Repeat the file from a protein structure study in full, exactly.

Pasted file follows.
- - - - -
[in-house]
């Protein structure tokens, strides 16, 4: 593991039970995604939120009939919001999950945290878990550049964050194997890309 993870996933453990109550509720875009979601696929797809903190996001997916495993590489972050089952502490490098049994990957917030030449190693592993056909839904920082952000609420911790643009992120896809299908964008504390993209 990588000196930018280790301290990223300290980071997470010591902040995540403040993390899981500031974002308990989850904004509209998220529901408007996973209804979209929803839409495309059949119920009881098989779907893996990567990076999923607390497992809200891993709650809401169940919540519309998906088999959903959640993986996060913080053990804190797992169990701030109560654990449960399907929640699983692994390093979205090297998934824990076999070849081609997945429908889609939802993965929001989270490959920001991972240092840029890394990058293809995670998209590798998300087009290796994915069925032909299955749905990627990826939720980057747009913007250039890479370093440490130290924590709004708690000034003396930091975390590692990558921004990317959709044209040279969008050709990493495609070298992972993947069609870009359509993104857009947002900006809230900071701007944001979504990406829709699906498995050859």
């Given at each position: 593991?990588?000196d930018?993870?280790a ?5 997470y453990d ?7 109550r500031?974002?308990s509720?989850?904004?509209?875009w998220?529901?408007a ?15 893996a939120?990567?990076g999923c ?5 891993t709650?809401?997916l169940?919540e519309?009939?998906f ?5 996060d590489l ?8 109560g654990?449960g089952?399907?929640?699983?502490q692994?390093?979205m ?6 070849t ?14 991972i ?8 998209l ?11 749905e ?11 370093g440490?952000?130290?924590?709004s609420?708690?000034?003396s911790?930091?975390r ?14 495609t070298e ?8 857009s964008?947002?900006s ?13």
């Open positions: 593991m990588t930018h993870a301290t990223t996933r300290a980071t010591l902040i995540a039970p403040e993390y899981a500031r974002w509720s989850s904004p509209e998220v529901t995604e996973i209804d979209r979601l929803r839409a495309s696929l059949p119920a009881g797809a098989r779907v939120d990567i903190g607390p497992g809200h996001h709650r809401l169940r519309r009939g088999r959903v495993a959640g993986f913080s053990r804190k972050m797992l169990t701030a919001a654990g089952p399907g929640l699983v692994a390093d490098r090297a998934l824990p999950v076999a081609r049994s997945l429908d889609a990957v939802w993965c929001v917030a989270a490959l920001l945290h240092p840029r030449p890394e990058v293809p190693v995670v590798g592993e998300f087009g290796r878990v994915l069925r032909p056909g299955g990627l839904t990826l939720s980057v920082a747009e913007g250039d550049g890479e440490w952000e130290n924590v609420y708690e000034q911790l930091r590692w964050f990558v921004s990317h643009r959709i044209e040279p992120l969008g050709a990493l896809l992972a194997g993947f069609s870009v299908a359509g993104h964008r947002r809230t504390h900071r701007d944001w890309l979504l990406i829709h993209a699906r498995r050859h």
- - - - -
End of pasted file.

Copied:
[in-house]
């Protein structure tokens, strides 16, 4: 593991039970995604939120009939919001999950945290878990550049964050194997890309 993870996933453990109550509720875009979601696929797809903190996001997916495993590489972050089952502490490098049994990957917030030449190693592993056909839904920082952000609420911790643009992120896809299908964008504390993209 990588000196930018280790301290990223300290980071997470010591902040995540403040993390899981500031974002308990989850904004509209998220529901408007996973209804979209929803839409495309059949119920009881098989779907893996990567990076999923607390497992809200891993709650809401169940919540519309998906088999959903959640993986996060913080053990804190797992169990701030109560654990449960399907929640699983692994390093979205090297998934824990076999070849081609997945429908889609939802993965929001989270490959920001991972240092840029890394990058293809995670998209590798998300087009290796994915069925032909299955749905990627990826939720980057747009913007250039890479370093440490130290924590709004708690000034003396930091975390590692990558921004990317959709044209040279969008050709990493495609070298992972993947069609870009359509993104857009947002900006809230900071701007944001979504990406829709699906498995050859």
């Given at each position: 593991?990588?000196d930018?993870?280790a ?5 997470y453990d ?7 109550r500031?974002?308990s509720?989850?904004?509209?875009w998220?529901?408007a ?15 893996a939120?990567?990076g999923c ?5 891993t709650?809401?997916l169940?919540e519309?009939?998906f ?5 996060d590489l ?8 109560g654990?449960g089952?399907?929640?699983?502490q692994?390093?979205m ?6 070849t ?14 991972i ?8 998209l ?11 749905e ?11 370093g440490?952000?130290?924590?709004s609420?708690?000034?003396s911790?930091?975390r ?14 495609t070298e ?8 857009s964008?947002?900006s ?13």
């Open positions: 593991m990588t930018h993870a301290t990223t996933r300290a980071t010591l902040i995540a039970p403040e993390y899981a500031r974002w509720s989850s904004p509209e998220v529901t995604e996973i209804d979209r979601l929803r839409a495309s696929l059949p119920a009881g797809a098989r779907v939120d990567i903190g607390p497992g809200h996001h709650r809401l169940r519309r009939g088999r959903v495993a959640g993986f913080s053990r804190k972050m797992l169990t701030a919001a654990g089952p399907g929640l699983v692994a390093d490098r090297a998934l824990p999950v076999a081609r049994s997945l429908d889609a990957v939802w993965c929001v917030a989270a490959l920001l945290h240092p840029r030449p890394e990058v293809p190693v995670v590798g592993e998300f087009g290796r878990v994915l069925r032909p056909g299955g990627l839904t990826l939720s980057v920082a747009e913007g250039d550049g890479e440490w952000e130290n924590v609420y708690e000034q911790l930091r590692w964050f990558v921004s990317h643009r959709i044209e040279p992120l969008g050709a990493l896809l992972a194997g993947f069609s870009v299908a359509g993104h964008r947002r809230t504390h900071r701007d944001w890309l979504l990406i829709h993209a699906r498995r050859h």